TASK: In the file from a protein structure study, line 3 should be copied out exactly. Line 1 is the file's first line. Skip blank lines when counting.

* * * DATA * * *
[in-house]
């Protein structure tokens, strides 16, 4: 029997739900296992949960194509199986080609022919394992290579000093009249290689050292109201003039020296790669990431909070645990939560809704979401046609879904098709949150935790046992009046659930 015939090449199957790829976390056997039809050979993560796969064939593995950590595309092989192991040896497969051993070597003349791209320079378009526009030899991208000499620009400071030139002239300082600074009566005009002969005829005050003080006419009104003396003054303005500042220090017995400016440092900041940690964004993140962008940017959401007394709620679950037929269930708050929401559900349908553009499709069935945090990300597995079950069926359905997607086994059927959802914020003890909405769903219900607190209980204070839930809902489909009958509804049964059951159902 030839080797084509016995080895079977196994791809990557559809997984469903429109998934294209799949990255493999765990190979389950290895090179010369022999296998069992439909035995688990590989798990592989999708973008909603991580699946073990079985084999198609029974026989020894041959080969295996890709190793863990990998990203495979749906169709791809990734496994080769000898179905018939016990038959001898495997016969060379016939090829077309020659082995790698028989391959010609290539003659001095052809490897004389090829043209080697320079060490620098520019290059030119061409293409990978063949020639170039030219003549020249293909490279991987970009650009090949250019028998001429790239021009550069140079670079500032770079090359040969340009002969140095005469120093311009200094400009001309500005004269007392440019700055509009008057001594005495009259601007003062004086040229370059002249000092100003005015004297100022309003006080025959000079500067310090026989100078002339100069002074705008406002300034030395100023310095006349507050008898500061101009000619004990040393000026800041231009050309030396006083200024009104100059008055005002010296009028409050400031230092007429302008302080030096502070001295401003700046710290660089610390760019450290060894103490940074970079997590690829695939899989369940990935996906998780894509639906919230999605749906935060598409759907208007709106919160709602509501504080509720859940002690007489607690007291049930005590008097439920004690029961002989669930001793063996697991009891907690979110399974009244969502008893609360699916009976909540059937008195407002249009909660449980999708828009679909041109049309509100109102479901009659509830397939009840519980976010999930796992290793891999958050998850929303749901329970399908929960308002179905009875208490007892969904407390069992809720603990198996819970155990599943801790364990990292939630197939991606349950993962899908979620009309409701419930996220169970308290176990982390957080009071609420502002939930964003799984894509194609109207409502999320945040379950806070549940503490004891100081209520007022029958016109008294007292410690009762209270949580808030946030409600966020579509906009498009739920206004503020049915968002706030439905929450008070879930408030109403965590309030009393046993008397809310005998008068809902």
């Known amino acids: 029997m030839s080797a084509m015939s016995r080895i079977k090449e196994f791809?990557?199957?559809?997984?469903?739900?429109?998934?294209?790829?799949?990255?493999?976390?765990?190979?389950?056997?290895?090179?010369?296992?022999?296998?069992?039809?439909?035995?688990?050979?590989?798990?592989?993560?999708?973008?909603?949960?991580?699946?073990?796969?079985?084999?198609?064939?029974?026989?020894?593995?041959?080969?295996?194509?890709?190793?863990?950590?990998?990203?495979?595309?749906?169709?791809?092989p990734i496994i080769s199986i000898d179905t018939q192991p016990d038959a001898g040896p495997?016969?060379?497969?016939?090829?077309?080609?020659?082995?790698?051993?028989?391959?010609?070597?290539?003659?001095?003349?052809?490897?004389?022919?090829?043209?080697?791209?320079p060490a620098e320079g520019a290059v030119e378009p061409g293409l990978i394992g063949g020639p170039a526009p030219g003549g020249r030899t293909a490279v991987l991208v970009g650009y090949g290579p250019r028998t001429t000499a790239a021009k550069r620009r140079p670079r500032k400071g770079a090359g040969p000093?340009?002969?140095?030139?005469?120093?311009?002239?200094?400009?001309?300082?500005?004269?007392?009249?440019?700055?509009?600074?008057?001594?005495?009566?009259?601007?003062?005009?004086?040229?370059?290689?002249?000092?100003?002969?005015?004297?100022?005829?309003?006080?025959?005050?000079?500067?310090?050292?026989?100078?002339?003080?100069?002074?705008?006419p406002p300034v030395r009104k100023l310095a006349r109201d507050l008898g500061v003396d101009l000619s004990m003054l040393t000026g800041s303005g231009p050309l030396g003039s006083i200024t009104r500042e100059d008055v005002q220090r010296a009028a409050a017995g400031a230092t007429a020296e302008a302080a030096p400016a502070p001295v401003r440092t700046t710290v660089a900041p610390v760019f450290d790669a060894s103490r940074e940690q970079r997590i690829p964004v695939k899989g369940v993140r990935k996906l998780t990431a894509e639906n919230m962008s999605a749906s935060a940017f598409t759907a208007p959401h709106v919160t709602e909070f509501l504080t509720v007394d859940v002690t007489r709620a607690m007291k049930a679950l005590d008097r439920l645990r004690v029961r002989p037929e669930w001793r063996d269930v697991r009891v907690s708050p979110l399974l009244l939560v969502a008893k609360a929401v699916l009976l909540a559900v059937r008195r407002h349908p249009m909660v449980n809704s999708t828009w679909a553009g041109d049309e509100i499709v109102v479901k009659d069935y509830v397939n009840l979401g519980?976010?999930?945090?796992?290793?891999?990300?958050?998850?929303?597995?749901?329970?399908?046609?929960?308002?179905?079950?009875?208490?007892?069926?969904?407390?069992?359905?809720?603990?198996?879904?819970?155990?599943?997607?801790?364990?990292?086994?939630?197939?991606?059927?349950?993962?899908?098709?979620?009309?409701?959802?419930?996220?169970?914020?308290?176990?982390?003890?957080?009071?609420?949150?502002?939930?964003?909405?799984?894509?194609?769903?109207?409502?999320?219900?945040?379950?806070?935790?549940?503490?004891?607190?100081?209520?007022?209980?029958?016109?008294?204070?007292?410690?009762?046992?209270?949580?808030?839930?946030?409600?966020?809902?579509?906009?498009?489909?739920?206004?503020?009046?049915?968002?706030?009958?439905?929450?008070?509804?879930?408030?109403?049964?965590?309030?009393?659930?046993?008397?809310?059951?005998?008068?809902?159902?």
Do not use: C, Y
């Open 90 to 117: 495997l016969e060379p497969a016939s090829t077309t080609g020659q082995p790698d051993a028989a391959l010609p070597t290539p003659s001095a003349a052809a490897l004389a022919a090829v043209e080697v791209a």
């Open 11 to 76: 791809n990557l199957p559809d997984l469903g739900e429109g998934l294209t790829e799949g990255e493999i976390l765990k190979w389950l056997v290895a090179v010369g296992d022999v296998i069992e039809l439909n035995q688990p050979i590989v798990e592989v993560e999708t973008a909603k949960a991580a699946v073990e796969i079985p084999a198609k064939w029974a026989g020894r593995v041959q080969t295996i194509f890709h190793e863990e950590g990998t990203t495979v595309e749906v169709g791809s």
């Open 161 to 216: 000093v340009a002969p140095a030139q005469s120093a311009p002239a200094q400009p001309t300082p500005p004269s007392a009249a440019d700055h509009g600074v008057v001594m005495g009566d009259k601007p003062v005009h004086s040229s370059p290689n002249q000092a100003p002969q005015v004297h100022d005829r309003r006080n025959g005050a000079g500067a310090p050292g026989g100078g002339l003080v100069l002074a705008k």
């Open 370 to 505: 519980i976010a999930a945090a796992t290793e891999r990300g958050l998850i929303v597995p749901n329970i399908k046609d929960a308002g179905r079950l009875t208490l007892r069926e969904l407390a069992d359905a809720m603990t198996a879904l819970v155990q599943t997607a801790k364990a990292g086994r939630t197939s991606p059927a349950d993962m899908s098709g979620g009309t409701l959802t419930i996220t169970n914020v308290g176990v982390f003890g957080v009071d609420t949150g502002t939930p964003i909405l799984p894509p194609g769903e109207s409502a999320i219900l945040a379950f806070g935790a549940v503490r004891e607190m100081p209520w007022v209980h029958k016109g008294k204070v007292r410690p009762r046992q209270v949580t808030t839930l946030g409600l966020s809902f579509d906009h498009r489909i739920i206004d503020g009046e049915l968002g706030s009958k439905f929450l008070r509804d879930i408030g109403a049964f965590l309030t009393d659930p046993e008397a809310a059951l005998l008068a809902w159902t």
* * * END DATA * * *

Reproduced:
């Known amino acids: 029997m030839s080797a084509m015939s016995r080895i079977k090449e196994f791809?990557?199957?559809?997984?469903?739900?429109?998934?294209?790829?799949?990255?493999?976390?765990?190979?389950?056997?290895?090179?010369?296992?022999?296998?069992?039809?439909?035995?688990?050979?590989?798990?592989?993560?999708?973008?909603?949960?991580?699946?073990?796969?079985?084999?198609?064939?029974?026989?020894?593995?041959?080969?295996?194509?890709?190793?863990?950590?990998?990203?495979?595309?749906?169709?791809?092989p990734i496994i080769s199986i000898d179905t018939q192991p016990d038959a001898g040896p495997?016969?060379?497969?016939?090829?077309?080609?020659?082995?790698?051993?028989?391959?010609?070597?290539?003659?001095?003349?052809?490897?004389?022919?090829?043209?080697?791209?320079p060490a620098e320079g520019a290059v030119e378009p061409g293409l990978i394992g063949g020639p170039a526009p030219g003549g020249r030899t293909a490279v991987l991208v970009g650009y090949g290579p250019r028998t001429t000499a790239a021009k550069r620009r140079p670079r500032k400071g770079a090359g040969p000093?340009?002969?140095?030139?005469?120093?311009?002239?200094?400009?001309?300082?500005?004269?007392?009249?440019?700055?509009?600074?008057?001594?005495?009566?009259?601007?003062?005009?004086?040229?370059?290689?002249?000092?100003?002969?005015?004297?100022?005829?309003?006080?025959?005050?000079?500067?310090?050292?026989?100078?002339?003080?100069?002074?705008?006419p406002p300034v030395r009104k100023l310095a006349r109201d507050l008898g500061v003396d101009l000619s004990m003054l040393t000026g800041s303005g231009p050309l030396g003039s006083i200024t009104r500042e100059d008055v005002q220090r010296a009028a409050a017995g400031a230092t007429a020296e302008a302080a030096p400016a502070p001295v401003r440092t700046t710290v660089a900041p610390v760019f450290d790669a060894s103490r940074e940690q970079r997590i690829p964004v695939k899989g369940v993140r990935k996906l998780t990431a894509e639906n919230m962008s999605a749906s935060a940017f598409t759907a208007p959401h709106v919160t709602e909070f509501l504080t509720v007394d859940v002690t007489r709620a607690m007291k049930a679950l005590d008097r439920l645990r004690v029961r002989p037929e669930w001793r063996d269930v697991r009891v907690s708050p979110l399974l009244l939560v969502a008893k609360a929401v699916l009976l909540a559900v059937r008195r407002h349908p249009m909660v449980n809704s999708t828009w679909a553009g041109d049309e509100i499709v109102v479901k009659d069935y509830v397939n009840l979401g519980?976010?999930?945090?796992?290793?891999?990300?958050?998850?929303?597995?749901?329970?399908?046609?929960?308002?179905?079950?009875?208490?007892?069926?969904?407390?069992?359905?809720?603990?198996?879904?819970?155990?599943?997607?801790?364990?990292?086994?939630?197939?991606?059927?349950?993962?899908?098709?979620?009309?409701?959802?419930?996220?169970?914020?308290?176990?982390?003890?957080?009071?609420?949150?502002?939930?964003?909405?799984?894509?194609?769903?109207?409502?999320?219900?945040?379950?806070?935790?549940?503490?004891?607190?100081?209520?007022?209980?029958?016109?008294?204070?007292?410690?009762?046992?209270?949580?808030?839930?946030?409600?966020?809902?579509?906009?498009?489909?739920?206004?503020?009046?049915?968002?706030?009958?439905?929450?008070?509804?879930?408030?109403?049964?965590?309030?009393?659930?046993?008397?809310?059951?005998?008068?809902?159902?």